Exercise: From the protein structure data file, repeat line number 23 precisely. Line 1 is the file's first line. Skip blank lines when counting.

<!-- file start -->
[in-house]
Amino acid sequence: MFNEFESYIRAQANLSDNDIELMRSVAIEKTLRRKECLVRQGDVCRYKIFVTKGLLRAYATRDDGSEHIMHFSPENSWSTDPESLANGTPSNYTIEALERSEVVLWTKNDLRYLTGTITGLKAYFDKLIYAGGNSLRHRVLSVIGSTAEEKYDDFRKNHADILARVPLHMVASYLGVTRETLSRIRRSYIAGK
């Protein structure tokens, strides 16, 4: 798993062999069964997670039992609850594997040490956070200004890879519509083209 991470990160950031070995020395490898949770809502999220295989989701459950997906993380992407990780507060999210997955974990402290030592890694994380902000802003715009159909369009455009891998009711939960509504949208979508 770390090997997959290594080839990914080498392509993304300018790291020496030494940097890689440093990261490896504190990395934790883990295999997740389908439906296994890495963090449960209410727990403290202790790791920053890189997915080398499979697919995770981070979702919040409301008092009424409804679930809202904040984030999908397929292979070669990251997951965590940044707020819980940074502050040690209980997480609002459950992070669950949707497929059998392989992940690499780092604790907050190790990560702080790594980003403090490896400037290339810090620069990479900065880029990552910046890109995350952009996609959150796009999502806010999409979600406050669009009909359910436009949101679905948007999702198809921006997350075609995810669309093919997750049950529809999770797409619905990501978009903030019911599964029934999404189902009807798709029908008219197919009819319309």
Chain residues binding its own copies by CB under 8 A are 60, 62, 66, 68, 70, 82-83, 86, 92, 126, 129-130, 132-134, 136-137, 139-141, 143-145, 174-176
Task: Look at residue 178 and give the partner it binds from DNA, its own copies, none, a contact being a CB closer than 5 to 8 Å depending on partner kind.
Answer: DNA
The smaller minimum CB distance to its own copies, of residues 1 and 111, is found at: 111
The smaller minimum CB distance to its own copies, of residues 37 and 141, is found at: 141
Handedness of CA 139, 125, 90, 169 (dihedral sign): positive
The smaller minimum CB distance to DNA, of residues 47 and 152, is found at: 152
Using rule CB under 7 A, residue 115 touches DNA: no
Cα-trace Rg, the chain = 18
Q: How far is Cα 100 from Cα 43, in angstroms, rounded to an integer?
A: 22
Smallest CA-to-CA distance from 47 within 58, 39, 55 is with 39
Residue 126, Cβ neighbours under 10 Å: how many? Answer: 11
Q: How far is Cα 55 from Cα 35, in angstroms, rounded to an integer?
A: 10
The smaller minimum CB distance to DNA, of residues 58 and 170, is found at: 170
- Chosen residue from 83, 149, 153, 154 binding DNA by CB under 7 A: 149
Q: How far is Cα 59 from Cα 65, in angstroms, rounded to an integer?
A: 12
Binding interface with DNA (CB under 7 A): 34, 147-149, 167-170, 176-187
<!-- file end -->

Binding interface with DNA (CB under 7 A): 34, 147-149, 167-170, 176-187